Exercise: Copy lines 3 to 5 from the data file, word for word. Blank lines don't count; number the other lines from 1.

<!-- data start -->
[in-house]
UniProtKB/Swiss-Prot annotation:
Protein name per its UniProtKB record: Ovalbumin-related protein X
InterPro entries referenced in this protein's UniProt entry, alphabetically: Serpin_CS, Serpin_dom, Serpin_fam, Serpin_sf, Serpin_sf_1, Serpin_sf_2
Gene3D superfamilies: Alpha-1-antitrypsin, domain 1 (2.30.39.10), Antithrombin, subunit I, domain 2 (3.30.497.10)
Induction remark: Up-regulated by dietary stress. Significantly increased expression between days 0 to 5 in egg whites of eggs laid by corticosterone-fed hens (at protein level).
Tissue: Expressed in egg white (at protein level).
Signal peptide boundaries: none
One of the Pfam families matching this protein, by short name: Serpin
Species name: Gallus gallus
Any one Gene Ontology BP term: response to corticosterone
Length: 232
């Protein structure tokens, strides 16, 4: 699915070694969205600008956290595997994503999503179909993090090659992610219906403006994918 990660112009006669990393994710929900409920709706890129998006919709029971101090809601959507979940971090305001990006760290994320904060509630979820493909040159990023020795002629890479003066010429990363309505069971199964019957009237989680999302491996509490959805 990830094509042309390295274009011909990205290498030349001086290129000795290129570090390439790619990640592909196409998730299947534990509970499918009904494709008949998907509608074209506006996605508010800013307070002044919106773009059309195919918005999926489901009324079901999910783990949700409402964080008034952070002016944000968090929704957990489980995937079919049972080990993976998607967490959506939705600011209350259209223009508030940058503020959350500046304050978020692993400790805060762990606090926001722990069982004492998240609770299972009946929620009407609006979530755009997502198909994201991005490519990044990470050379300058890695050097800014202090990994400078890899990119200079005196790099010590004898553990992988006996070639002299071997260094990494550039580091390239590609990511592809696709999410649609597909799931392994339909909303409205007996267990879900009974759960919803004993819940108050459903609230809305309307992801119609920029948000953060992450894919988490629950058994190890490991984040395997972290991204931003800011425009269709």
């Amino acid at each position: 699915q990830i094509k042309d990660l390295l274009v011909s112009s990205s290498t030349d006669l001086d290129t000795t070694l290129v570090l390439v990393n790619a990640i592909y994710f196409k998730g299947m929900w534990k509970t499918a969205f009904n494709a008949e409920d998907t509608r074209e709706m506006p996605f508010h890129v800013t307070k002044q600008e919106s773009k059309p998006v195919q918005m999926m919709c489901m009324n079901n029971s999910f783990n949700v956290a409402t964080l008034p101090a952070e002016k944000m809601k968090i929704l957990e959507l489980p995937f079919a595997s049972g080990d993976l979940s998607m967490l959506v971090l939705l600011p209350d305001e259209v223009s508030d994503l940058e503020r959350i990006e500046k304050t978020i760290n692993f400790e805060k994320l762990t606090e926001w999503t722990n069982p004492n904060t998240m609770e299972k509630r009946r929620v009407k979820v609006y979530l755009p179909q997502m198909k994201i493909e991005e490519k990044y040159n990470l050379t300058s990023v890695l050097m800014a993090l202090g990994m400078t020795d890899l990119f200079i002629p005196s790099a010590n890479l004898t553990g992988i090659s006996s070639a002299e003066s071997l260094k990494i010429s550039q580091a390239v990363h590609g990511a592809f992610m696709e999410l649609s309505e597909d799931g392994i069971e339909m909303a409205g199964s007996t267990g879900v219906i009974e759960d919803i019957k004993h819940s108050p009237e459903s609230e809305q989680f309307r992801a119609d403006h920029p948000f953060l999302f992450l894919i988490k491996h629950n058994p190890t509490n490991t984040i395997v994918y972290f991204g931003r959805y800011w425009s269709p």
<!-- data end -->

Protein name per its UniProtKB record: Ovalbumin-related protein X
InterPro entries referenced in this protein's UniProt entry, alphabetically: Serpin_CS, Serpin_dom, Serpin_fam, Serpin_sf, Serpin_sf_1, Serpin_sf_2
Gene3D superfamilies: Alpha-1-antitrypsin, domain 1 (2.30.39.10), Antithrombin, subunit I, domain 2 (3.30.497.10)